ELPHINSTONE, Sir George Keith (1746-1823).
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Family and Education
b. 7 Jan. 1746, 3rd surv. s. of Charles, 10th Baron Elphinstone [S], by Lady Clementina Fleming, da. and h. of John, 6th Earl of Wigtown [S], niece and h. of George Keith, 9th Earl Marischal [S]. educ. Edinburgh h.s. 1753-5. m. (1) 10 Apr. 1787, Jane (d. 13 Dec. 1789), da. and coh. of William Mercer (formerly Nairn) of Aldie, Kinross, 1da.; (2) 10 Jan. 1808, Hester Maria, da. and coh. of Henry Thrale† of Streatham Place and Southwark, Surr., 1da. KB 13 Apr. 1794; cr. Baron Keith of Stonehaven Marischal [I] 16 Mar. 1797 and [GB] 15 Dec. 1801; Baron Keith of Banheath (with spec. rem. to his e. da.) 17 Sept. 1803; Visct. Keith 1 June 1814; GCB 2 Jan. 1815.
Entered RN 1761; discharged 1766; acting lt. 1769, lt. 1770, cdr. 1772, capt. 1775, half-pay 1783-1793, r.-adm. 1794, v.-adm. 1795, adm. 1801; c.-in-c. Mediterranean 1799-1802, Plymouth 1803, North Sea 1803-7, Channel 1812.
Sec., chamberlain and keeper of the signet of the principality of Scotland 1783; treasurer and comptroller of household to the Duke of Clarence 1789-d.
Elphinstone was fortunate in his connexions. His brother William was an East India Company director and he was brother-in-law of William Adam*; better still, he won the friendship of the Prince of Wales and of the Duke of Clarence, both of whom awarded him places. His politics were those of the opposition, on which account the King objected to his appointment in Clarence’s household.1 But by previous agreement he was expected to give up his seat for Dunbartonshire at the end of the Parliament of 1784 and his canvass of Glasgow Burghs in 1789 came to nothing when he was bought off by William McDowall, the ministerial candidate. Much to Henry Dundas’s relief he made no difficulties about ceding his county seat.2 So he went out of Parliament in 1790.
On the outbreak of hostilities with revolutionary France, Elphinstone resumed his naval career in the Mediterranean. He distinguished himself at Toulon, was honoured and promoted. In 1795 he was in command of a squadron sent to the Cape and wrote to Henry Dundas, 18 Feb.:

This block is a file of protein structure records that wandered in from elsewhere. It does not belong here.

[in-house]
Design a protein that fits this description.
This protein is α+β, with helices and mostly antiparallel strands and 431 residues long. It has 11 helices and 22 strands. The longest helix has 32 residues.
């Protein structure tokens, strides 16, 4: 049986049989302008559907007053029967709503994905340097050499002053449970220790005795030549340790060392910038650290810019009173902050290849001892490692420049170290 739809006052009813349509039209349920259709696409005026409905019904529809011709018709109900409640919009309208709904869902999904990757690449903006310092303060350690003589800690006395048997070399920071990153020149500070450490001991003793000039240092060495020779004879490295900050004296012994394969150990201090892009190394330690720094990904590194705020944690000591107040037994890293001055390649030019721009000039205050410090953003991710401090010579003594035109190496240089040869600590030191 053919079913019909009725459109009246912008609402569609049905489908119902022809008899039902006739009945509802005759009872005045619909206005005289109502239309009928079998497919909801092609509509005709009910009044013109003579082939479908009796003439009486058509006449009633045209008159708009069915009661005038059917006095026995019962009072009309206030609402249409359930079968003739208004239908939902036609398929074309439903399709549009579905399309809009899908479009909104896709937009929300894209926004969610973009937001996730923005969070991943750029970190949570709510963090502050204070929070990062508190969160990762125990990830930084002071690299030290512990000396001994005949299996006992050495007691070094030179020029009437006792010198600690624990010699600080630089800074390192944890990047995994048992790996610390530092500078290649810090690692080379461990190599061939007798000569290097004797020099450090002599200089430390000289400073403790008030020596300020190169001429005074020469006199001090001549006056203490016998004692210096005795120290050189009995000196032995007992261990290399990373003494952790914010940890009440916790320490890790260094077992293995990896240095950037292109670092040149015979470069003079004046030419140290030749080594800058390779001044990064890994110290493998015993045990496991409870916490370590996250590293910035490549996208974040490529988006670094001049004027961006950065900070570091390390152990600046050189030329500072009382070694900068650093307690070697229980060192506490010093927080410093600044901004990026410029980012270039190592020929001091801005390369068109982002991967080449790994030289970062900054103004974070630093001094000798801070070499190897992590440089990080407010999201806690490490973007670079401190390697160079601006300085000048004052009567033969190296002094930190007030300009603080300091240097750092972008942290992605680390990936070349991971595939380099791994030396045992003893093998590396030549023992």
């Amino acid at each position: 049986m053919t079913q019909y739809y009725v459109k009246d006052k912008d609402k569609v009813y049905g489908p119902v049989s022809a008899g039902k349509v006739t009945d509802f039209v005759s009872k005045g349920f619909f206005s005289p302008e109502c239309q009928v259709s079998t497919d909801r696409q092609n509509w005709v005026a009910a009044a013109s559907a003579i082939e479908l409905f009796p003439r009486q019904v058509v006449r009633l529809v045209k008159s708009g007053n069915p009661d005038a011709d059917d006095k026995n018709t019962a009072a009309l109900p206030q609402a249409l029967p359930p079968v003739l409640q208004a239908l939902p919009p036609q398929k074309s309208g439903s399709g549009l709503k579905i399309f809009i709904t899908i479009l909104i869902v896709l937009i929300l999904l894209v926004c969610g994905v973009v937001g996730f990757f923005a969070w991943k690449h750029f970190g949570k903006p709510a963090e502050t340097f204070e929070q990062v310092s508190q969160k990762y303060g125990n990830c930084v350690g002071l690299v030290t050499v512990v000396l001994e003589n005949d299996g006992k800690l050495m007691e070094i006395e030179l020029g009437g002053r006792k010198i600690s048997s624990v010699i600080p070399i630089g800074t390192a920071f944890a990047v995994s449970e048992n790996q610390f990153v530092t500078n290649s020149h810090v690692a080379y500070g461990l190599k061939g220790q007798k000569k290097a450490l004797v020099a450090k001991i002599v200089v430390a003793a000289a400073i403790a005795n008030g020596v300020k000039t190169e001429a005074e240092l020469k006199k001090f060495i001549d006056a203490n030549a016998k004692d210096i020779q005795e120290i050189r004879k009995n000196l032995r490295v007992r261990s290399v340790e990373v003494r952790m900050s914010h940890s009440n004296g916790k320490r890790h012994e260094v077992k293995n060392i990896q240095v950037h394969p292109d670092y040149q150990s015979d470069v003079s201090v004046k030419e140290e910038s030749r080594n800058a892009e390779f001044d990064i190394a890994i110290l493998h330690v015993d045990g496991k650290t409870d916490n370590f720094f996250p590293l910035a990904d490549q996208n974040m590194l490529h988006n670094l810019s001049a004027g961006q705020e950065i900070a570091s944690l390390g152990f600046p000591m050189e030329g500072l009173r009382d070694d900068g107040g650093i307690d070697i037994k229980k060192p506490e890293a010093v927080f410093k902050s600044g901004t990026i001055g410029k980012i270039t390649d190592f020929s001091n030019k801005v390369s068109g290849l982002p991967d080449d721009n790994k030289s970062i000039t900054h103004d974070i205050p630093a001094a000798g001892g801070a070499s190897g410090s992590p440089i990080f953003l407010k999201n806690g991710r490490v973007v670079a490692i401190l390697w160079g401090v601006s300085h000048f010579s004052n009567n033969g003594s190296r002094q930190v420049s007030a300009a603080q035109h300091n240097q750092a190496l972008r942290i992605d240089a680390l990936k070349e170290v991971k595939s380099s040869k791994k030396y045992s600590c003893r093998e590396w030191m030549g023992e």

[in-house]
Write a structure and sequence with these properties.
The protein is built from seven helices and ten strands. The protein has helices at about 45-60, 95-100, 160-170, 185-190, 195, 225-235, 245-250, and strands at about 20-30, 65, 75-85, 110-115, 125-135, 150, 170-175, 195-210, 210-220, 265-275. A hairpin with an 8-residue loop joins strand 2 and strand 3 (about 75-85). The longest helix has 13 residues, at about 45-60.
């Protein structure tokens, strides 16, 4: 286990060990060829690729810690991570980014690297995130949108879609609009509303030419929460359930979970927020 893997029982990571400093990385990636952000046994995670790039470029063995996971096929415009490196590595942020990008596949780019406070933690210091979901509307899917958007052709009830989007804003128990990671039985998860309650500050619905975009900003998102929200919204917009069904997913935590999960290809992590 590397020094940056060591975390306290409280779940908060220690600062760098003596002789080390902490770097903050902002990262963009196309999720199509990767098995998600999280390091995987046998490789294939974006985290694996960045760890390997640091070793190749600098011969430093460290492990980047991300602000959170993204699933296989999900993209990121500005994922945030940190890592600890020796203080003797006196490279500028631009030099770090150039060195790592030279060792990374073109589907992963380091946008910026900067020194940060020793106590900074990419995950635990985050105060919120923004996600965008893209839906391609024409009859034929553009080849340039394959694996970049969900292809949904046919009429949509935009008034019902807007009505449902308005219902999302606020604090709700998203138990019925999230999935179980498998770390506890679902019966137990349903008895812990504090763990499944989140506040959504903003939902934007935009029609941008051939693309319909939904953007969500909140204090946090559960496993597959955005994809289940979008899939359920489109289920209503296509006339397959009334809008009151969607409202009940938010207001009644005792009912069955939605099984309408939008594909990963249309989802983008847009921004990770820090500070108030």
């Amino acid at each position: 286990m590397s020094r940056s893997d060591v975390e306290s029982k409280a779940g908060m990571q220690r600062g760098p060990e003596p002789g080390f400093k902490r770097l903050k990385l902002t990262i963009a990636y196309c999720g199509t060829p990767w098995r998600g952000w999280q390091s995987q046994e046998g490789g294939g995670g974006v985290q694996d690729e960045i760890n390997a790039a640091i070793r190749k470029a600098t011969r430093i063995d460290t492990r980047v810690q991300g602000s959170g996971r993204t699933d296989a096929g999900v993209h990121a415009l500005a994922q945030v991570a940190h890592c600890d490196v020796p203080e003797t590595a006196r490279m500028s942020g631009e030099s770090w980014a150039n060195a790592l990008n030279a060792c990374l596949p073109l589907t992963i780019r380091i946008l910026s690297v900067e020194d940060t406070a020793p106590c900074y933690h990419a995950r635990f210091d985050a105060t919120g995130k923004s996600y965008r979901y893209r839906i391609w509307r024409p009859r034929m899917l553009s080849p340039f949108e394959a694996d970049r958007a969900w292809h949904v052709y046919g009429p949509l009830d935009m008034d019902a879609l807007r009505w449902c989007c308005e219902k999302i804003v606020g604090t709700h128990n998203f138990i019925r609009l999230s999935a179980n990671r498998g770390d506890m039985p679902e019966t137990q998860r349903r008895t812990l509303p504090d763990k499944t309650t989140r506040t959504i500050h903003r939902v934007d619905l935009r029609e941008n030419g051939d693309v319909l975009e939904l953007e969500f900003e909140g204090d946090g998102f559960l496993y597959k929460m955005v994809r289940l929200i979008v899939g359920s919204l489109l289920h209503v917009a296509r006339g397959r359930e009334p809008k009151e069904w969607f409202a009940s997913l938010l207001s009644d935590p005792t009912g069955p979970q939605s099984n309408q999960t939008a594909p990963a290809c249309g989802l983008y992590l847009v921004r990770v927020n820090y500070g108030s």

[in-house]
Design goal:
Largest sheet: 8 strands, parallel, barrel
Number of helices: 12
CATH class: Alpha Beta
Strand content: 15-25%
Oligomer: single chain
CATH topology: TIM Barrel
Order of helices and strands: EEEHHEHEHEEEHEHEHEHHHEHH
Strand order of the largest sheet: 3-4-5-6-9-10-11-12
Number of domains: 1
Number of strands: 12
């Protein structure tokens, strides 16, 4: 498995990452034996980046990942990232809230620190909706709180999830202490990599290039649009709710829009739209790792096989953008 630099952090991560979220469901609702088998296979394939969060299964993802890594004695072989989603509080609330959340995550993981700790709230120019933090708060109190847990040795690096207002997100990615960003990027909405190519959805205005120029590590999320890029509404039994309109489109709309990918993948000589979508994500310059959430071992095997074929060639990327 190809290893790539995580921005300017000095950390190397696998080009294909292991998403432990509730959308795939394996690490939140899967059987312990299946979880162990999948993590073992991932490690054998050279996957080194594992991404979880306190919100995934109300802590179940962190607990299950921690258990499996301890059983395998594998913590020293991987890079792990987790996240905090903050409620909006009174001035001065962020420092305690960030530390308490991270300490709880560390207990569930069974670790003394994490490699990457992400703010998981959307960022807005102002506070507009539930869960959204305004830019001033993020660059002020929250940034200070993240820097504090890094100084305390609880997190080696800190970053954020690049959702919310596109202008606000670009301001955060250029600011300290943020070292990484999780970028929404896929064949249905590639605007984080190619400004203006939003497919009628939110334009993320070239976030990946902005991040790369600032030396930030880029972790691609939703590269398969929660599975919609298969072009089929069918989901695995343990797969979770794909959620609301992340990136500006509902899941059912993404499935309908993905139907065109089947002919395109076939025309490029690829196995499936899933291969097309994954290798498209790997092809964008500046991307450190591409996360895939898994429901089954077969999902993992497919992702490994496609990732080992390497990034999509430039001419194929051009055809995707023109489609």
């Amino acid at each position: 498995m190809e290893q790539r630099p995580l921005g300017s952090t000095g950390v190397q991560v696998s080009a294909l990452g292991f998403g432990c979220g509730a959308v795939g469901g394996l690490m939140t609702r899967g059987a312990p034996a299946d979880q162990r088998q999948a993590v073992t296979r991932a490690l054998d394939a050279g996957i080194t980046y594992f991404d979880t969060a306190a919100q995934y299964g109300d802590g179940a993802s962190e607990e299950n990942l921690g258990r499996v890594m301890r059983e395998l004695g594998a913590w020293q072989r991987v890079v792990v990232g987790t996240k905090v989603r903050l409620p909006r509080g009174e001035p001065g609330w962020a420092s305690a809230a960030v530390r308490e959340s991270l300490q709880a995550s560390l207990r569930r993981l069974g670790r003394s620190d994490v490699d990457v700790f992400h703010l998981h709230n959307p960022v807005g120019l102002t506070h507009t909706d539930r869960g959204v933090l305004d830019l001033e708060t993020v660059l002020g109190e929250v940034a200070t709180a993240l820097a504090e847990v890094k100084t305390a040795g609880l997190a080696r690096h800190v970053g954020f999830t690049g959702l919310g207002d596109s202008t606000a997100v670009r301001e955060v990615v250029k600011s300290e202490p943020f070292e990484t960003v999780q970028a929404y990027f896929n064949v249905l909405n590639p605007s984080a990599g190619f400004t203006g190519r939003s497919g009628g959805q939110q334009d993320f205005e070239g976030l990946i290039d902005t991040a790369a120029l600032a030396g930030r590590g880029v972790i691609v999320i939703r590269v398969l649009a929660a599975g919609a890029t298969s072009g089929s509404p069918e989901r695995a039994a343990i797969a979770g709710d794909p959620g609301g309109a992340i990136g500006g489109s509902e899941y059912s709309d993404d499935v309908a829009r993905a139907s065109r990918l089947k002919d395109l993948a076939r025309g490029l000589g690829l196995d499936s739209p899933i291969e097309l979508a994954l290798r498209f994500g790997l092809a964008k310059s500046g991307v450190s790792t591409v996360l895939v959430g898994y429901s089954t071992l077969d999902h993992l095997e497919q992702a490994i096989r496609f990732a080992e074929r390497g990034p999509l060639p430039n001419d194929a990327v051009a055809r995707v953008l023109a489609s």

I ... beg you will accept my sincere thanks for having brought me into the public view and service, and [for] every other attention I have received from your favour and protection; and on no occasion will I decline coming forward when it is supposed I may be of any use to your schemes.3
Following his services at the Cape he obtained an Irish peerage. In the same year he was employed to quell the mutiny at Sheerness and promptly solicited a British peerage.4
In 1796, during his absence at the Cape, Elphinstone was again returned to Parliament, this time for Stirlingshire, at the instigation of the Duke of Montrose and with Henry Dundas’s blessing. He cannot have been an active Member in view of his naval service, but on 19 Feb. 1797 it was he who presented the Prince of Wales’s ‘Manifesto’ on Ireland to Pitt and Dundas. In November 1798, after a spell with the Channel Fleet, he returned to the Mediterranean under St. Vincent. He succeeded St. Vincent in June 1799 and commanded the naval forces during the Egyptian campaign of 1801. He was rewarded with a British peerage.5
As Lord Keith, with the command in home waters, he dabbled in politics as a friend of the Prince of Wales. He assisted the Whig candidate in Stirling Burghs in 1807 and his nephew in the county. In 1811 he wrote:
As for patronage [in Stirlingshire] the Regent has none. Nor will he interfere so long as those men are in office. He considers them the King’s ministers, but he has said that any mark of favour done to me will be considered as an attention to himself, and thus also he declared himself to Lord Dundas, calling us his old friends in presence of others, no doubt on purpose. It is impossible things can long remain as they are, and I am one who thinks the K[ing] will never recover health nor mind.
In March 1812 during the Perthshire by-election Drummond, Melville’s candidate, complained that ‘the commander of the Channel fleet even has been writing to many against me’. In 1814 he acted for the Regent in the scandal arising out of Princess Charlotte’s relations with Captain Hesse. (His daughter Margaret Mercer Elphinstone was the Princess’s bosom friend.)6 In the same year he became a viscount. He died 10 Mar. 1823.